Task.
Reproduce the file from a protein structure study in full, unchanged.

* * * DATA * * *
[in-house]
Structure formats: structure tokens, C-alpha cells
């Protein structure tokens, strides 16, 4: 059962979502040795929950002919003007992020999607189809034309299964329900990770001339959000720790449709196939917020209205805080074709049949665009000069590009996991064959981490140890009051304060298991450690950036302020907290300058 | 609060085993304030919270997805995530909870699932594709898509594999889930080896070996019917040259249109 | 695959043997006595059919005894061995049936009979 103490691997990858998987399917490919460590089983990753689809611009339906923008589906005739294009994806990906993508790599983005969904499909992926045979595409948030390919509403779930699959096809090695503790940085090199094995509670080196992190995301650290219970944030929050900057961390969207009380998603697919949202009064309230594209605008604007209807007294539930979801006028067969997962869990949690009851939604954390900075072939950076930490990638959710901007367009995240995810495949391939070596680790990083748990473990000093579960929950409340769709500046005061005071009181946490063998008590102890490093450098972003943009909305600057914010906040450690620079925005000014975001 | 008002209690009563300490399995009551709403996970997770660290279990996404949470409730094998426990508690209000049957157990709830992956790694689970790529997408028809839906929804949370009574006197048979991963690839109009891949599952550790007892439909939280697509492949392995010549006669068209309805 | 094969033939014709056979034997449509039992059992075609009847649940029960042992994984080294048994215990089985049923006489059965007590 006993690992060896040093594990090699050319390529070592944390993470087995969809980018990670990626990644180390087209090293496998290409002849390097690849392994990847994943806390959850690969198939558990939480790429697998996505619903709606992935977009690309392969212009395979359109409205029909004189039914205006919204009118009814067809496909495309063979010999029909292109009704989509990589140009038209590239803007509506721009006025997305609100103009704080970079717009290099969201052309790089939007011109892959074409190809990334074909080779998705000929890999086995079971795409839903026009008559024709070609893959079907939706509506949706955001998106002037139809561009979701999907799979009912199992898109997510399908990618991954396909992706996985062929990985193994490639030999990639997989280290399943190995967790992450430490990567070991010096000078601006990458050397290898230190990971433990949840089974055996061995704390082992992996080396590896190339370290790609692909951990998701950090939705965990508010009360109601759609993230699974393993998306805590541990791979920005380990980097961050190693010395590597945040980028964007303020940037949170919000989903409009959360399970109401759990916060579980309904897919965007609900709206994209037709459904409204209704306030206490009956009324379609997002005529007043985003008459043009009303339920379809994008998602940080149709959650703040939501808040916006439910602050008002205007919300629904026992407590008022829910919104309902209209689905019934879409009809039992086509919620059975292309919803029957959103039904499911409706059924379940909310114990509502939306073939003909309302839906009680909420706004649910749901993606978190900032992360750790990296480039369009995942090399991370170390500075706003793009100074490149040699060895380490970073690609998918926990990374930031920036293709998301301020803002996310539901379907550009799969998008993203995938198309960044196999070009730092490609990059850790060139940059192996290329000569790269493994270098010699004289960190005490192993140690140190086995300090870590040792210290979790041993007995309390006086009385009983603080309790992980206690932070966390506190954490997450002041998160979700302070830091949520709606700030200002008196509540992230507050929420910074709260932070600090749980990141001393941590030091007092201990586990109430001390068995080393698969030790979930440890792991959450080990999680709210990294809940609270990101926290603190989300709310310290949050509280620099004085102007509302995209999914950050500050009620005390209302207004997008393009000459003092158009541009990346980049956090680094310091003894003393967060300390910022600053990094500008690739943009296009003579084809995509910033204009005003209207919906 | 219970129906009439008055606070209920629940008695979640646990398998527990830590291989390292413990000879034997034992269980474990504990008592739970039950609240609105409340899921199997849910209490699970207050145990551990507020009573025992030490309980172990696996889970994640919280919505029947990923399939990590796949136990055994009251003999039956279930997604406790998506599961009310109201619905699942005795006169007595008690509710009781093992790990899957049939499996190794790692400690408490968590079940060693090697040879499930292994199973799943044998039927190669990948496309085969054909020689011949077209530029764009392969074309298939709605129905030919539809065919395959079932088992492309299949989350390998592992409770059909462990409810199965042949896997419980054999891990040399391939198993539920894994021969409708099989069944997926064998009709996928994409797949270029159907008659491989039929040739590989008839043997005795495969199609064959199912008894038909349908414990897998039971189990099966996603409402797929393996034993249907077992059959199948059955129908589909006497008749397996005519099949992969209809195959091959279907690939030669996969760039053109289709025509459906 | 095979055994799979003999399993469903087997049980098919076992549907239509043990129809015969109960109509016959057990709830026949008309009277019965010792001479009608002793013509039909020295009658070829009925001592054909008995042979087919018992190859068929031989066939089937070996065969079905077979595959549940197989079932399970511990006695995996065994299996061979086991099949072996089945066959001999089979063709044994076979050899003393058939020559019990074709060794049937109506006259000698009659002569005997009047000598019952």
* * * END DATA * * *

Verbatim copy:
[in-house]
Structure formats: structure tokens, C-alpha cells
């Protein structure tokens, strides 16, 4: 059962979502040795929950002919003007992020999607189809034309299964329900990770001339959000720790449709196939917020209205805080074709049949665009000069590009996991064959981490140890009051304060298991450690950036302020907290300058 | 609060085993304030919270997805995530909870699932594709898509594999889930080896070996019917040259249109 | 695959043997006595059919005894061995049936009979 103490691997990858998987399917490919460590089983990753689809611009339906923008589906005739294009994806990906993508790599983005969904499909992926045979595409948030390919509403779930699959096809090695503790940085090199094995509670080196992190995301650290219970944030929050900057961390969207009380998603697919949202009064309230594209605008604007209807007294539930979801006028067969997962869990949690009851939604954390900075072939950076930490990638959710901007367009995240995810495949391939070596680790990083748990473990000093579960929950409340769709500046005061005071009181946490063998008590102890490093450098972003943009909305600057914010906040450690620079925005000014975001 | 008002209690009563300490399995009551709403996970997770660290279990996404949470409730094998426990508690209000049957157990709830992956790694689970790529997408028809839906929804949370009574006197048979991963690839109009891949599952550790007892439909939280697509492949392995010549006669068209309805 | 094969033939014709056979034997449509039992059992075609009847649940029960042992994984080294048994215990089985049923006489059965007590 006993690992060896040093594990090699050319390529070592944390993470087995969809980018990670990626990644180390087209090293496998290409002849390097690849392994990847994943806390959850690969198939558990939480790429697998996505619903709606992935977009690309392969212009395979359109409205029909004189039914205006919204009118009814067809496909495309063979010999029909292109009704989509990589140009038209590239803007509506721009006025997305609100103009704080970079717009290099969201052309790089939007011109892959074409190809990334074909080779998705000929890999086995079971795409839903026009008559024709070609893959079907939706509506949706955001998106002037139809561009979701999907799979009912199992898109997510399908990618991954396909992706996985062929990985193994490639030999990639997989280290399943190995967790992450430490990567070991010096000078601006990458050397290898230190990971433990949840089974055996061995704390082992992996080396590896190339370290790609692909951990998701950090939705965990508010009360109601759609993230699974393993998306805590541990791979920005380990980097961050190693010395590597945040980028964007303020940037949170919000989903409009959360399970109401759990916060579980309904897919965007609900709206994209037709459904409204209704306030206490009956009324379609997002005529007043985003008459043009009303339920379809994008998602940080149709959650703040939501808040916006439910602050008002205007919300629904026992407590008022829910919104309902209209689905019934879409009809039992086509919620059975292309919803029957959103039904499911409706059924379940909310114990509502939306073939003909309302839906009680909420706004649910749901993606978190900032992360750790990296480039369009995942090399991370170390500075706003793009100074490149040699060895380490970073690609998918926990990374930031920036293709998301301020803002996310539901379907550009799969998008993203995938198309960044196999070009730092490609990059850790060139940059192996290329000569790269493994270098010699004289960190005490192993140690140190086995300090870590040792210290979790041993007995309390006086009385009983603080309790992980206690932070966390506190954490997450002041998160979700302070830091949520709606700030200002008196509540992230507050929420910074709260932070600090749980990141001393941590030091007092201990586990109430001390068995080393698969030790979930440890792991959450080990999680709210990294809940609270990101926290603190989300709310310290949050509280620099004085102007509302995209999914950050500050009620005390209302207004997008393009000459003092158009541009990346980049956090680094310091003894003393967060300390910022600053990094500008690739943009296009003579084809995509910033204009005003209207919906 | 219970129906009439008055606070209920629940008695979640646990398998527990830590291989390292413990000879034997034992269980474990504990008592739970039950609240609105409340899921199997849910209490699970207050145990551990507020009573025992030490309980172990696996889970994640919280919505029947990923399939990590796949136990055994009251003999039956279930997604406790998506599961009310109201619905699942005795006169007595008690509710009781093992790990899957049939499996190794790692400690408490968590079940060693090697040879499930292994199973799943044998039927190669990948496309085969054909020689011949077209530029764009392969074309298939709605129905030919539809065919395959079932088992492309299949989350390998592992409770059909462990409810199965042949896997419980054999891990040399391939198993539920894994021969409708099989069944997926064998009709996928994409797949270029159907008659491989039929040739590989008839043997005795495969199609064959199912008894038909349908414990897998039971189990099966996603409402797929393996034993249907077992059959199948059955129908589909006497008749397996005519099949992969209809195959091959279907690939030669996969760039053109289709025509459906 | 095979055994799979003999399993469903087997049980098919076992549907239509043990129809015969109960109509016959057990709830026949008309009277019965010792001479009608002793013509039909020295009658070829009925001592054909008995042979087919018992190859068929031989066939089937070996065969079905077979595959549940197989079932399970511990006695995996065994299996061979086991099949072996089945066959001999089979063709044994076979050899003393058939020559019990074709060794049937109506006259000698009659002569005997009047000598019952």